Global environmental change : human and policy dimensions 63 (2020). - ISSN 0959-3780
    Environmental valuation - Knowledge co-production - Power relations - Transdisciplinarity - Values

    Plural valuation is about eliciting the diverse values of nature articulated by different stakeholders in order to inform decision making and thus achieve more equitable and sustainable outcomes. We explore what approaches align with plural valuation on the ground, as well as how different social-ecological contexts play a role in translating plural valuation into decisions and outcomes. Based on a co-constructed analytical approach relying on empirical information from ten cases from the Global South, we find that plural valuation contributes to equitable and sustainable outcomes if the valuation process: 1) is based on participatory value elicitation approaches; 2) is framed with a clear action-oriented purpose; 3) provides space for marginalized stakeholders to articulate their values in ways that can be included in decisions; 4) is used as a tool to identify and help reconcile different cognitive models about human-nature relations; and 5) fosters open communication and collaboration among stakeholders. We also find that power asymmetries can hinder plural valuation. As interest and support for undertaking plural valuation grows, a deeper understanding is needed regarding how it can be adapted to different purposes, approaches, and social-ecological contexts in order to contribute to social equity and sustainability.

    Gendered species preferences link tree diversity and carbon stocks in Cacao agroforest in Southeast Sulawesi, Indonesia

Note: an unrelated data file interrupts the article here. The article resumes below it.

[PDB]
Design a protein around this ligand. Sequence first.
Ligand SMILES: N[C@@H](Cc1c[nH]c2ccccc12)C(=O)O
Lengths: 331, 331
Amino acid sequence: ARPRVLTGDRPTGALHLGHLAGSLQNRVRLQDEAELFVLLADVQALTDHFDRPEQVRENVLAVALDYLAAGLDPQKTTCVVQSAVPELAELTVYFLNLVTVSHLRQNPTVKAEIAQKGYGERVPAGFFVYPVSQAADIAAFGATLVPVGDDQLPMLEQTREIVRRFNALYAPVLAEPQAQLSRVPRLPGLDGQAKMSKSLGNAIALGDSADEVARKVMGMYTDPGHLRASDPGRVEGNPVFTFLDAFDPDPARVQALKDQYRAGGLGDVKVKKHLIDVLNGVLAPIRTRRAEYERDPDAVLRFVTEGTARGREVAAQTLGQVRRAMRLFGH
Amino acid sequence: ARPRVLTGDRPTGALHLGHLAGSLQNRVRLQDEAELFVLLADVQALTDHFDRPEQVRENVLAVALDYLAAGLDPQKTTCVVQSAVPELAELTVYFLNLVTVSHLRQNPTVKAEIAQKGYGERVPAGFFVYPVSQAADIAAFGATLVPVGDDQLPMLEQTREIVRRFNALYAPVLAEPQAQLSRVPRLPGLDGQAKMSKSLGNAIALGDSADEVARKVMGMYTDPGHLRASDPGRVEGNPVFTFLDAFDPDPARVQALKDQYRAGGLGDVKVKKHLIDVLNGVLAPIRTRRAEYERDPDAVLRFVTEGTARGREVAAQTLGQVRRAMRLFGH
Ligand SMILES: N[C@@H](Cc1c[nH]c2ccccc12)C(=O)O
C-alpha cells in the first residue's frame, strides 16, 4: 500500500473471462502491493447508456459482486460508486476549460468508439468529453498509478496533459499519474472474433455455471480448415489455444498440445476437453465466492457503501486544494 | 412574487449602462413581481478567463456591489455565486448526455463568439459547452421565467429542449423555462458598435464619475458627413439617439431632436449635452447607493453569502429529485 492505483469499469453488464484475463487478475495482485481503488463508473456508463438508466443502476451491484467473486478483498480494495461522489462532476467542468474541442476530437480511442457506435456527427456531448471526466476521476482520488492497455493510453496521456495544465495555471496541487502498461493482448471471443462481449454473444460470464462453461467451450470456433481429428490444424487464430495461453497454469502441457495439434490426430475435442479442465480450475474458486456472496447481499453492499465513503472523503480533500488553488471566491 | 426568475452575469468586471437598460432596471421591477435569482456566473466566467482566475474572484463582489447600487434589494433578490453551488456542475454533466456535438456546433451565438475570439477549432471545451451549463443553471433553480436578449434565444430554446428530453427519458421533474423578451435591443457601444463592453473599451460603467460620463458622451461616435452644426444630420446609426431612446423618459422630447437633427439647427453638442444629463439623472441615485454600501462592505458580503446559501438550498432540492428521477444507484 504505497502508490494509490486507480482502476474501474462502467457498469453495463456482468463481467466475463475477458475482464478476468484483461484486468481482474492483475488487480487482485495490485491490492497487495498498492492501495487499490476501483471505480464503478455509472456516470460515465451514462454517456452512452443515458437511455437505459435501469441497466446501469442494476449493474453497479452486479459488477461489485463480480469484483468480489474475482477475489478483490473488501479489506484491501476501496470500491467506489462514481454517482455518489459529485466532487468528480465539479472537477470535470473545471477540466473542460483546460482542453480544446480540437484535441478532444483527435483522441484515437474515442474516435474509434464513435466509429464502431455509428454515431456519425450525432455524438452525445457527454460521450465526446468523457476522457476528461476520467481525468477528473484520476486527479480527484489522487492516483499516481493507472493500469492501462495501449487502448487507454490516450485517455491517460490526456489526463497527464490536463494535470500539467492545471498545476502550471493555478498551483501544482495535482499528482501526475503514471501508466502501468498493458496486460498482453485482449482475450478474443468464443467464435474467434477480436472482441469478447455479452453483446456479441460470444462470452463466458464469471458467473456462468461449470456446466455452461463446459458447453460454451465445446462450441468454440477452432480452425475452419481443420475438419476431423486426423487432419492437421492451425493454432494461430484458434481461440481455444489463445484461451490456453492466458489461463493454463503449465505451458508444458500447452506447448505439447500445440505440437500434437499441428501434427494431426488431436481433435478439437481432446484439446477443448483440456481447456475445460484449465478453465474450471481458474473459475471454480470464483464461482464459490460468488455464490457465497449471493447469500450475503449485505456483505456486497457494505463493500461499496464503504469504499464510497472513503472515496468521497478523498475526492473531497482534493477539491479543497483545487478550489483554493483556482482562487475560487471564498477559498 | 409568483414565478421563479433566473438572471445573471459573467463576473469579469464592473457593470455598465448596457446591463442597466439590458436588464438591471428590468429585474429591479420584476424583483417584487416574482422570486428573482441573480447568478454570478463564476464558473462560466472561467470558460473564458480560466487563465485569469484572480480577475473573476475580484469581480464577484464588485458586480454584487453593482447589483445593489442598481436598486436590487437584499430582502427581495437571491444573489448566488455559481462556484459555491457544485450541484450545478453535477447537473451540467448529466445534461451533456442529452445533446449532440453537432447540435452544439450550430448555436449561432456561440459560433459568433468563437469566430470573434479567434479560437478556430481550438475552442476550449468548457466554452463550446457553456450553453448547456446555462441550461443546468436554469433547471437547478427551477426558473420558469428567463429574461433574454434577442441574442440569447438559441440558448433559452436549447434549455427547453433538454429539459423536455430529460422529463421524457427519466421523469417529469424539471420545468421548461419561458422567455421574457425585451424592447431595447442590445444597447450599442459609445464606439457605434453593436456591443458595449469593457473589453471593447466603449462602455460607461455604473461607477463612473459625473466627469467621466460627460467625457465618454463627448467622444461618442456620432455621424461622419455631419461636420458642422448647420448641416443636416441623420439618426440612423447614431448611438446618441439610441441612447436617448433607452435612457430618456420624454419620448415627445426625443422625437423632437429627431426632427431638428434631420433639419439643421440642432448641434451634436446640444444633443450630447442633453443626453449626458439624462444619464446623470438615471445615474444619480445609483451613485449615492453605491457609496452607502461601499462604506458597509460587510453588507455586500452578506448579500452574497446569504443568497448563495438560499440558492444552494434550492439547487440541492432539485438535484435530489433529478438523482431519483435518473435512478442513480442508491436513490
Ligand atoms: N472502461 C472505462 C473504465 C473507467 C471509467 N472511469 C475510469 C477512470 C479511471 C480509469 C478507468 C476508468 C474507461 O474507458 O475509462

Sari, Rika Ratna ; Saputra, Danny Dwi ; Hairiah, Kurniatun ; Rozendaal, Danaë M.A. ; Roshetko, James M. ; Noordwijk, Meine Van - \ 2020
    Land 9 (2020)4. - ISSN 2073-445X
    Cacao agroforestry - Carbon storage - Farmer tree preference - Utility value

    The degree to which the maintenance of carbon (C) stocks and tree diversity can be jointly achieved in production landscapes is debated. C stocks in forests are decreased by logging before tree diversity is affected, while C stocks in monoculture tree plantations increase, but diversity does not. Agroforestry can break this hysteresis pattern, relevant for policies in search of synergy. We compared total C stocks and tree diversity among degraded forest, complex cacao/fruit tree agroforests, simple shade-tree cacao agroforestry, monoculture cacao, and annual crops in the Konawe District, Southeast Sulawesi, Indonesia. We evaluated farmer tree preferences and the utility value of the system for 40 farmers (male and female). The highest tree diversity (Shannon-Wiener H index 2.36) and C stocks (282 Mg C ha-1) were found in degraded forest, followed by cacao-based agroforestry systems (H index ranged from 0.58-0.93 with C stocks of 75-89 Mg ha-1). Male farmers selected timber and fruit tree species with economic benefits as shade trees, while female farmers preferred production for household needs (fruit trees and vegetables). Carbon stocks and tree diversity were positively related (R2 = 0.72). Adding data from across Indonesia (n = 102), agroforestry systems had an intermediate position between forest decline and reforestation responses. Maintaining agroforestry in the landscape allows aboveground C stocks up to 50 Mg ha-1 and reduces biodiversity loss. Agroforestry facilitates climate change mitigation and biodiversity goals to be addressed simultaneously in sustainable production landscapes.

    Agroforestry as nexus of sustainable development goals
    Noordwijk, M. van - \ 2020
    In: IOP Conference Series: Earth and Environmental Science. - IOP Publishing (IOP Conference Series: Earth and Environmental Science )